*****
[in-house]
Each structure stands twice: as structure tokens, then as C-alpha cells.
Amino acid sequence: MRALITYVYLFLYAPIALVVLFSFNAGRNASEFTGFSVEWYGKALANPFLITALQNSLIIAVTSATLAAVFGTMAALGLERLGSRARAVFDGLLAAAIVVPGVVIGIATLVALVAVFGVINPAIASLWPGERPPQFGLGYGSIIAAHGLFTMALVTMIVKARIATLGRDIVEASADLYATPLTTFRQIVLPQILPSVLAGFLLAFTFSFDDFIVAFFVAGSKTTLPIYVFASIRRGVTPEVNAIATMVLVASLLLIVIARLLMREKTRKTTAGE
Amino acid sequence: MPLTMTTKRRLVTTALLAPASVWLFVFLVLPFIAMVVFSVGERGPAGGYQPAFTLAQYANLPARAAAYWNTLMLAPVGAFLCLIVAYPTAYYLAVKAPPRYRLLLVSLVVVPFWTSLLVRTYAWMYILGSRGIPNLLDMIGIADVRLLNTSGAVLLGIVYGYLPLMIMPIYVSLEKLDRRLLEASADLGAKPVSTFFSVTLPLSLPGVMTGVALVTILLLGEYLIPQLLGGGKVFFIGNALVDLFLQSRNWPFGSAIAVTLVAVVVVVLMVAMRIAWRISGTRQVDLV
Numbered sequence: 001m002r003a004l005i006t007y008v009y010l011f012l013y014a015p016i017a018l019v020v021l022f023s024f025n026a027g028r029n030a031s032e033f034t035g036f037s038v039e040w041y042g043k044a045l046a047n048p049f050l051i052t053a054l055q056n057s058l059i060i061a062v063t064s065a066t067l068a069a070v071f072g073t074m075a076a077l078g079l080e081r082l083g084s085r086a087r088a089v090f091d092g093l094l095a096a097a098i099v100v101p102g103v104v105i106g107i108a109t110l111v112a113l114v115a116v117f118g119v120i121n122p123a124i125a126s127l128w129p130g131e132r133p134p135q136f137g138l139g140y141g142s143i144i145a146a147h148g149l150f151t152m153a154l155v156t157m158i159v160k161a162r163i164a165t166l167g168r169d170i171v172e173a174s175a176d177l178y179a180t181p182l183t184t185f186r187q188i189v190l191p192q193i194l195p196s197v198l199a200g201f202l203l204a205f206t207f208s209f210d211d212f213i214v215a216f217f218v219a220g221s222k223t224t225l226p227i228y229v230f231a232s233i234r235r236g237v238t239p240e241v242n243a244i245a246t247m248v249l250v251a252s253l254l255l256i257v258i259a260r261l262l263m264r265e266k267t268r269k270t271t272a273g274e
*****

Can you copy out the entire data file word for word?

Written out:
[in-house]
Each structure stands twice: as structure tokens, then as C-alpha cells.
Amino acid sequence: MRALITYVYLFLYAPIALVVLFSFNAGRNASEFTGFSVEWYGKALANPFLITALQNSLIIAVTSATLAAVFGTMAALGLERLGSRARAVFDGLLAAAIVVPGVVIGIATLVALVAVFGVINPAIASLWPGERPPQFGLGYGSIIAAHGLFTMALVTMIVKARIATLGRDIVEASADLYATPLTTFRQIVLPQILPSVLAGFLLAFTFSFDDFIVAFFVAGSKTTLPIYVFASIRRGVTPEVNAIATMVLVASLLLIVIARLLMREKTRKTTAGE
Amino acid sequence: MPLTMTTKRRLVTTALLAPASVWLFVFLVLPFIAMVVFSVGERGPAGGYQPAFTLAQYANLPARAAAYWNTLMLAPVGAFLCLIVAYPTAYYLAVKAPPRYRLLLVSLVVVPFWTSLLVRTYAWMYILGSRGIPNLLDMIGIADVRLLNTSGAVLLGIVYGYLPLMIMPIYVSLEKLDRRLLEASADLGAKPVSTFFSVTLPLSLPGVMTGVALVTILLLGEYLIPQLLGGGKVFFIGNALVDLFLQSRNWPFGSAIAVTLVAVVVVVLMVAMRIAWRISGTRQVDLV
Numbered sequence: 001m002r003a004l005i006t007y008v009y010l011f012l013y014a015p016i017a018l019v020v021l022f023s024f025n026a027g028r029n030a031s032e033f034t035g036f037s038v039e040w041y042g043k044a045l046a047n048p049f050l051i052t053a054l055q056n057s058l059i060i061a062v063t064s065a066t067l068a069a070v071f072g073t074m075a076a077l078g079l080e081r082l083g084s085r086a087r088a089v090f091d092g093l094l095a096a097a098i099v100v101p102g103v104v105i106g107i108a109t110l111v112a113l114v115a116v117f118g119v120i121n122p123a124i125a126s127l128w129p130g131e132r133p134p135q136f137g138l139g140y141g142s143i144i145a146a147h148g149l150f151t152m153a154l155v156t157m158i159v160k161a162r163i164a165t166l167g168r169d170i171v172e173a174s175a176d177l178y179a180t181p182l183t184t185f186r187q188i189v190l191p192q193i194l195p196s197v198l199a200g201f202l203l204a205f206t207f208s209f210d211d212f213i214v215a216f217f218v219a220g221s222k223t224t225l226p227i228y229v230f231a232s233i234r235r236g237v238t239p240e241v242n243a244i245a246t247m248v249l250v251a252s253l254l255l256i257v258i259a260r261l262l263m264r265e266k267t268r269k270t271t272a273g274e